Yesterday I looked at the payroll situations involving the offense, noting that the Pirates have a lot of scenarios where they could shed payroll and go with a younger or cheaper option, in order to spend in another area.
The pitching side is a bit different. There aren’t a lot of big contracts on the pitching staff, and since you can never have too much depth, it is difficult to say that you can remove one contract and find another guy who can put up the same value for a cheaper price. That might be true, but you also need to make sure you’re not just counting on five starters.
Fortunately for the Pirates, they have a lot of depth. If the season started today, Tyler Glasnow, Steven Brault, Nick Kingham, Clay Holmes, and Tyler Eppler would be either in Triple-A, or in the MLB bullpen. They’ve also shown an ability to find cheap pitching talent with reclamation projects.
The downsides here are that their pitching depth consists of mostly back of the rotation starters at best, with Tyler Glasnow being the one exception if he ever figures it all out. And while they’ve been good with reclamation projects, that route isn’t always a guarantee, and even when it works out, the changes those reclamation projects made don’t always last in the long run.
The Pirates have some good pitching depth, but they’re going to need to find a top of the rotation starter or two. They have some options internally, but might need to focus on getting an external starter. In the bullpen, they need an eighth inning guy to help shut down the games earlier, pairing with Felipe Rivero.
This is where I feel most of their offseason money should go, as we’ve seen the Pirates win in the past with a poor offense and good pitching. Just like with the offense, I feel the Pirates will need to shed some salary before they make any additions (and they could shed offensive salary to help the pitching staff). Here are my thoughts on the limited ways they could do this with the pitching staff.
The Pirates will return all of their starters next year, which isn’t a bad thing. Their rotation ranked 12th in fWAR, 13th in ERA, and 10th in xFIP. They didn’t have a bad rotation at all.
The problem the Pirates had was they didn’t have a great rotation. It couldn’t make up for the lack of offense, and the reason for this was that all of their starters were around average.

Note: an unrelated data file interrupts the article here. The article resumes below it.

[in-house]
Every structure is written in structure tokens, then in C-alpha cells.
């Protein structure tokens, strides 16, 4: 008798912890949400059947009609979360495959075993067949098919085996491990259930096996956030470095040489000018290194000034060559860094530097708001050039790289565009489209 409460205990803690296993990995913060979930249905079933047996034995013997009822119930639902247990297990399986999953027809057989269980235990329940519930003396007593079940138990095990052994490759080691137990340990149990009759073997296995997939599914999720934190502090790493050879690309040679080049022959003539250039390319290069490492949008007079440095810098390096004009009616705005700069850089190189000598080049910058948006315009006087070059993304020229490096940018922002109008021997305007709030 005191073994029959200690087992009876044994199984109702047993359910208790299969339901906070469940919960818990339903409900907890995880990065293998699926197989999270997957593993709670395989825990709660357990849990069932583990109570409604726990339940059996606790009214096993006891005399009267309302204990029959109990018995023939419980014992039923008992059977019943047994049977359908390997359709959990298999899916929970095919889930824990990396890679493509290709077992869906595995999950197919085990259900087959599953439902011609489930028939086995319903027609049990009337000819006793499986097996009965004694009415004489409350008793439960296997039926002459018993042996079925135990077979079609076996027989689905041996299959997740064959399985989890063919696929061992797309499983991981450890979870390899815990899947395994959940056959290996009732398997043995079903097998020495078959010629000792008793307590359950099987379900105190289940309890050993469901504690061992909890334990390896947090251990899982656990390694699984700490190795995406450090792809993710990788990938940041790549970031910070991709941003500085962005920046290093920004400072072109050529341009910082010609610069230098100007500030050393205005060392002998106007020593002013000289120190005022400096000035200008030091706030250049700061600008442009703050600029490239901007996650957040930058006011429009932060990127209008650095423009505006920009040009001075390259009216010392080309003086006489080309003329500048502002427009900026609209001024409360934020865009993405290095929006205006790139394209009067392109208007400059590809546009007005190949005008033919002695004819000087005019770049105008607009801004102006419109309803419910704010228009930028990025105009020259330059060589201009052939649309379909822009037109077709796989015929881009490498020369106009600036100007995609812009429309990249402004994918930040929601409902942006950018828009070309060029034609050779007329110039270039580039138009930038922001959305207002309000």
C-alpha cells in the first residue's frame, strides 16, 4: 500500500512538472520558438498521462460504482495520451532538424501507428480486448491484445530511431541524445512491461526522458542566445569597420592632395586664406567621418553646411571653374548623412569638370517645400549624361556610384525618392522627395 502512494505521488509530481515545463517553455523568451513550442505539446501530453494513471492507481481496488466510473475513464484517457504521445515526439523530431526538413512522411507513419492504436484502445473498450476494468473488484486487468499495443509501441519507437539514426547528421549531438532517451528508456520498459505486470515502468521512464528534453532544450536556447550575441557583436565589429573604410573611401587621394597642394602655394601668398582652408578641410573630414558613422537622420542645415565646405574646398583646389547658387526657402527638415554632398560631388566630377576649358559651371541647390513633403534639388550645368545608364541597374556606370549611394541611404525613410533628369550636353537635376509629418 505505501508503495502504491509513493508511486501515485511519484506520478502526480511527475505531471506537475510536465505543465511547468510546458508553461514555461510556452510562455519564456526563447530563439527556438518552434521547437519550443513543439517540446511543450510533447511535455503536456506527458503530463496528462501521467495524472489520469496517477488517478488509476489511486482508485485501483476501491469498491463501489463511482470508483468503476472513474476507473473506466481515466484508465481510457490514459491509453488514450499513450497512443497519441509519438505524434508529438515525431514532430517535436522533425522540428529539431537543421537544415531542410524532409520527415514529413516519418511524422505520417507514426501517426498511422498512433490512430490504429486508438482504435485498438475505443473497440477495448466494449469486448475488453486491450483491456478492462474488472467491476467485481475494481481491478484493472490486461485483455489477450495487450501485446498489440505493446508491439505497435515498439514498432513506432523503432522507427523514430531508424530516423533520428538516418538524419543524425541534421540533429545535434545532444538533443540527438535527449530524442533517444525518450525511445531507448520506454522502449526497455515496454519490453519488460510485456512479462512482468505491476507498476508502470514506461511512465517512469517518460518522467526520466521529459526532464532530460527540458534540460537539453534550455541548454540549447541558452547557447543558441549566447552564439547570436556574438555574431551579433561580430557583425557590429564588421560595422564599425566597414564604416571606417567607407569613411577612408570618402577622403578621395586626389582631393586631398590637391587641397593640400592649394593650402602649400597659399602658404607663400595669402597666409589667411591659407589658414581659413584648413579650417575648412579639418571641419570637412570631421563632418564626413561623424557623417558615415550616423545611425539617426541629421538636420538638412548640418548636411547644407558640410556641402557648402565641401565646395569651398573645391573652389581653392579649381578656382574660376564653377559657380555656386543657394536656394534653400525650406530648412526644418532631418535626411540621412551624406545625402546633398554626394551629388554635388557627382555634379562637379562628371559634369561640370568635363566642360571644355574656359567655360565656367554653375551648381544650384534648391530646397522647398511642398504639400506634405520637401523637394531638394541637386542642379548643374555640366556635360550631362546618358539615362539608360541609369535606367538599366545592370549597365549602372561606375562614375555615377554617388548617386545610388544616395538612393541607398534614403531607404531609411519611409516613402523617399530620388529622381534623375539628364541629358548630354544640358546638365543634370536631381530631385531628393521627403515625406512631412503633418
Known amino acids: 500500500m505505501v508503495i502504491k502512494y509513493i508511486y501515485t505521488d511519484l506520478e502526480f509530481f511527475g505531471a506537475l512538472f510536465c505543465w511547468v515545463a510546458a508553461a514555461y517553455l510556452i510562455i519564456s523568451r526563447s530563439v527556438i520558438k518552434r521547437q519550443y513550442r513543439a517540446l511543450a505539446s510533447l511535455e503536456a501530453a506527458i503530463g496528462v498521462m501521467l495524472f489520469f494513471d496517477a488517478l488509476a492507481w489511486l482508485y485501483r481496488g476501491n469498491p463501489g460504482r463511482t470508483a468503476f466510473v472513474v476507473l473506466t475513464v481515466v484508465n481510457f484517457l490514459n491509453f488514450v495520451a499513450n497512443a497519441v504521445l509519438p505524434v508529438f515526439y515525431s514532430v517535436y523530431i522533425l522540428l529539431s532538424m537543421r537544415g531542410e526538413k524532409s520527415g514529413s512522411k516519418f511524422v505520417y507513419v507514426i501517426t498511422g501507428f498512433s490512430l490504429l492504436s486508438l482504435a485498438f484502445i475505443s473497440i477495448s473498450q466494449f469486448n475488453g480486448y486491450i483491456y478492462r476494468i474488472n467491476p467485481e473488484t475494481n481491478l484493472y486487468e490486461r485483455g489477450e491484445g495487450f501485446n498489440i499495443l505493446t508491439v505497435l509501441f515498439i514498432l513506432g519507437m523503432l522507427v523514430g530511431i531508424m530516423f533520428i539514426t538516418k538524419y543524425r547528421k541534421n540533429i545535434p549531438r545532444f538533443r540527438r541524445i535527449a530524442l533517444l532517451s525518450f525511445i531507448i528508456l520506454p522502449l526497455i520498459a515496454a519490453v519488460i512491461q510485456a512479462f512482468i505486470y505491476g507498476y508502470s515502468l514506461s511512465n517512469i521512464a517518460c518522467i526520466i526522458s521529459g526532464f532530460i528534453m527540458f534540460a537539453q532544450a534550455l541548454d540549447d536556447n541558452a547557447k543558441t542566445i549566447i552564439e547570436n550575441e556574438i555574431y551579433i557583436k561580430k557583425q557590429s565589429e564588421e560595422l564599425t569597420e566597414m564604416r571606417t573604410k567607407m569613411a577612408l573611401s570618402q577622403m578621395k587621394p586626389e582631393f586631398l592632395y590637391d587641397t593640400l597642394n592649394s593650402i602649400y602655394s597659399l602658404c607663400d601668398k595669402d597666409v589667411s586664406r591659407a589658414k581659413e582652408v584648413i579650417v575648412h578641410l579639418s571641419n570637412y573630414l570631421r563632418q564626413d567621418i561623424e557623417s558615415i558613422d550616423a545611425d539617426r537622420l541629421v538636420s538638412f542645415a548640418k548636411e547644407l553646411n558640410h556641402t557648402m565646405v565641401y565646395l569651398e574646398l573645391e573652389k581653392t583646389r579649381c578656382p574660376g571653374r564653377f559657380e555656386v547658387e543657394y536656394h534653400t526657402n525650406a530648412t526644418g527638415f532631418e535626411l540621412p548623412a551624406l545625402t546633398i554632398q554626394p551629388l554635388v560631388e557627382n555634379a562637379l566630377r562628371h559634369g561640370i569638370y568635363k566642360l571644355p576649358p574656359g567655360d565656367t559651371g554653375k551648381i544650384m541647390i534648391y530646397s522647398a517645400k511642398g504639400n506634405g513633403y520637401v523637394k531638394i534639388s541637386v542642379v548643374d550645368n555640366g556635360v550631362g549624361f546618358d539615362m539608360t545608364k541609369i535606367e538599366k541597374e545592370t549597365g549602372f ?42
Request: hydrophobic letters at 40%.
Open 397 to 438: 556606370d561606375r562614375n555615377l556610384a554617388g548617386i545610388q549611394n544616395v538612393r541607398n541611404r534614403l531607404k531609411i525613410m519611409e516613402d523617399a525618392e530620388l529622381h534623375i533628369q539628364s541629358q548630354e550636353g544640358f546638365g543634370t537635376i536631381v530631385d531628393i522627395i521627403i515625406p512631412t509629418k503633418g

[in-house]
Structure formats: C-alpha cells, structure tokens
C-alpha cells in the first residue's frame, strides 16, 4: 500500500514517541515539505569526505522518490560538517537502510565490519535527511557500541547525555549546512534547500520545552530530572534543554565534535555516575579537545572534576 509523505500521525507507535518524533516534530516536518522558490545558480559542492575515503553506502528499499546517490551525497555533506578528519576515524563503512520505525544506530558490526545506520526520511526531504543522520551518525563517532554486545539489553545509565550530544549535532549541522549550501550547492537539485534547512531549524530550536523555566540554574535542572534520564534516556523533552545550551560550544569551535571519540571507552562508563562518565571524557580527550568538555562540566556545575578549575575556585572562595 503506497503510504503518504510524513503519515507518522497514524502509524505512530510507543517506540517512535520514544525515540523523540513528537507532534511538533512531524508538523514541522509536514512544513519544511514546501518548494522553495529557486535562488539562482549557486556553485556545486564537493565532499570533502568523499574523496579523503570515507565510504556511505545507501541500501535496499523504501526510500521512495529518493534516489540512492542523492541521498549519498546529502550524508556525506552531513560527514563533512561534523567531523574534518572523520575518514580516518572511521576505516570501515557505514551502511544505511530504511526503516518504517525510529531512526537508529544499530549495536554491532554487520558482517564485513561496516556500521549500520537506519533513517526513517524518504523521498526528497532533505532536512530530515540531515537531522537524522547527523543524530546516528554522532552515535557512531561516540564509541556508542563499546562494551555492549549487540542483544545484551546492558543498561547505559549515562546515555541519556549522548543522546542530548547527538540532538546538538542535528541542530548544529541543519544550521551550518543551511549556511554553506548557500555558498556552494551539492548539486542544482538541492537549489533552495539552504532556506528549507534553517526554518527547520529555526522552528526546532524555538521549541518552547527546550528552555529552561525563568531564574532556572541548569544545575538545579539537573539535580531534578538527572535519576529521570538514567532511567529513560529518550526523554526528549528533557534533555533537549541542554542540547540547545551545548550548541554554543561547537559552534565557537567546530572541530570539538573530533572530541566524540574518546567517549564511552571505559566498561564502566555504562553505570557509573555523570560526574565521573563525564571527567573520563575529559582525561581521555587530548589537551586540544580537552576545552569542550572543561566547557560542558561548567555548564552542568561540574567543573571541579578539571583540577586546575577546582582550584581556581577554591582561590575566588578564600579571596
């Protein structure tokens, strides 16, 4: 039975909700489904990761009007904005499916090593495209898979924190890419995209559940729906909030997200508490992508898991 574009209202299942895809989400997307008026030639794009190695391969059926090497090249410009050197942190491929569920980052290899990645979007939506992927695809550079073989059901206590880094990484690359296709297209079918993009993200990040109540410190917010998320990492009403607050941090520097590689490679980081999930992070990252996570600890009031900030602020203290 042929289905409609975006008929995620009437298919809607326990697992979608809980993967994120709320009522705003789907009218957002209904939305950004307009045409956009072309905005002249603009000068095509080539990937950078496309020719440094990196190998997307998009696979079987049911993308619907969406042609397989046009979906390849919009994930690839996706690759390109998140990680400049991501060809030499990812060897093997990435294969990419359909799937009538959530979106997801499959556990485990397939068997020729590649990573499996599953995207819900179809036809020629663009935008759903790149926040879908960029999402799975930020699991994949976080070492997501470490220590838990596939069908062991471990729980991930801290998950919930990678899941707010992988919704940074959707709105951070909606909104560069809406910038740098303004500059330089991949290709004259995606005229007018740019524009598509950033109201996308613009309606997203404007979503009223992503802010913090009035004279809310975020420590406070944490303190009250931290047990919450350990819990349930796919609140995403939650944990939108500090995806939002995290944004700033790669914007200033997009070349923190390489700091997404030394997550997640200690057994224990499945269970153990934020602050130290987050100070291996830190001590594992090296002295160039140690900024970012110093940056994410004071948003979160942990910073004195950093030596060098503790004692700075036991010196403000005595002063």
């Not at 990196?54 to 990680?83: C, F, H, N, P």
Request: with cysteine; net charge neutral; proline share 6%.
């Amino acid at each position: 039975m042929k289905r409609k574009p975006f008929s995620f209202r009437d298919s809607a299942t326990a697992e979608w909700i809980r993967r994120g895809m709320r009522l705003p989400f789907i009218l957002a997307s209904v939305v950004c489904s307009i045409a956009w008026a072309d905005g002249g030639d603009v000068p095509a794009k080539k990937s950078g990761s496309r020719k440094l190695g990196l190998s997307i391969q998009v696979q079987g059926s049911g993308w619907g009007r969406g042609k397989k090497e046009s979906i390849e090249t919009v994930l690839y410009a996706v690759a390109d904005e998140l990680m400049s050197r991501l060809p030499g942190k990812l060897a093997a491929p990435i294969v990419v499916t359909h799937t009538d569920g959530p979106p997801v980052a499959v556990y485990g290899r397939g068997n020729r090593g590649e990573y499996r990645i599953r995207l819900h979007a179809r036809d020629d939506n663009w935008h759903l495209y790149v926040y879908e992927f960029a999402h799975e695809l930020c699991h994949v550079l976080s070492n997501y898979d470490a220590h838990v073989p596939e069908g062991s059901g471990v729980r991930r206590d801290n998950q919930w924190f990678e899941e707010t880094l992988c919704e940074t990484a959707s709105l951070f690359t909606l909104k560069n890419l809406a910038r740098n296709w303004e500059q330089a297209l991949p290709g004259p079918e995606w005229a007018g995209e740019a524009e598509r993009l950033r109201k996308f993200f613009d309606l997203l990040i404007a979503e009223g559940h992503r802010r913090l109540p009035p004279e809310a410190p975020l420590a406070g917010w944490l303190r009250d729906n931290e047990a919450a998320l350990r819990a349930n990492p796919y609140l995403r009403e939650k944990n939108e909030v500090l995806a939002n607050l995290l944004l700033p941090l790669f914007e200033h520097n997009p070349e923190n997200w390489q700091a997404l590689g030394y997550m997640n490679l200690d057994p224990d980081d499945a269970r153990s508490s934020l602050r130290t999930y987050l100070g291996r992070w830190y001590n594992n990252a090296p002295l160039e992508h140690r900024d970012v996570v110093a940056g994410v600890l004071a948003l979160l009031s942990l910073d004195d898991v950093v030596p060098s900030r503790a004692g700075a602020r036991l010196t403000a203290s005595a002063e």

The MLB average this year saw a 4.49 ERA and a 4.41 xFIP. All five of the regular starters this year were under the ERA requirements, and only Chad Kuhl was above the xFIP number, with a 4.61 mark. He did have a 4.24 FIP, which matches the MLB average, and his xFIP was inflated due to a 10.8% HR/FB rate in a year where the league average was 13.5%.
The Pirates needed a great starter or two, and they didn’t get that. Their best ERA was Trevor Williams at 3.96. The best FIP was Jameson Taillon at 3.48. The best xFIP was Gerrit Cole at 3.81.
They needed numbers like Cole put up in previous years. From 2013-2015, Cole combined for a 3.07 ERA, a 2.89 FIP, and a 3.18 xFIP. If the Pirates had two starters with those numbers, this might be a different season that we’re recapping, and we might not even be doing the recaps right now.
I don’t think Ivan Nova is going to be putting up those numbers. He can put up numbers as a reliable starter. The problem is that the Pirates have plenty of options who can put up around league average numbers, and they’re holding some of those options back. Steven Brault could have a shot at league average numbers, but right now he’s relegated to either the bullpen or Triple-A.
Nova is making $8.5 M in 2018. That made sense if he could have come close to his 2016 numbers with the Pirates, or if the Pirates didn’t have other, cheaper starters who could put up similar numbers. He had a 4.14 ERA and a 4.19 xFIP in 187 innings, and faded in the second half. This led to a 1.9 fWAR, which more than justifies his contract. However, this is a case where his $8.5 M would probably be put to better use elsewhere.
The only other player in the rotation making big money is Gerrit Cole. I have him projected for $6 M in his second year of arbitration, which really isn’t that much. Cole was one of the top pitchers in baseball from 2013-2015, but injuries and home run issues have derailed him the last two years. At $6 M, he’s worth keeping, since the Pirates aren’t going to get a shot at a top of the rotation pitcher for that price elsewhere. It would only make sense to trade him if the Pirates went for a rebuild.
The Pirates added a bit of salary in the bullpen when they added George Kontos. It wouldn’t be a bad idea to see if they could trade him this offseason, although the savings would be minimal.
The big issue in the bullpen is Daniel Hudson and his $5.5 M in 2018. The Pirates didn’t get what they were expecting with Hudson, hoping for a set-up man, and getting a replacement level reliever. It’s doubtful that they will be able to deal him and shed his salary this offseason. That creates a problem, because they still need a setup man to pair with Felipe Rivero.
This might be a case where they just need to eat Hudson’s salary, hope for the best from him, and add someone else who can be counted on for the eighth inning.
Tim started Pirates Prospects in 2009 from his home in Virginia, which was 40 minutes from where Pedro Alvarez made his pro debut in Lynchburg. That year, the Lynchburg Hillcats won the Carolina League championship, and Pirates Prospects was born from Tim's reporting along the way. The site has grown over the years to include many more writers, and Tim has gone on to become a credentialed MLB reporter, producing Pirates Prospects each year, and will publish his 11th Prospect Guide this offseason. He has also served as the Pittsburgh Pirates correspondent for Baseball America since 2019. Behind the scenes, Tim is an avid music lover, and most of the money he gets paid to run this site goes to vinyl records.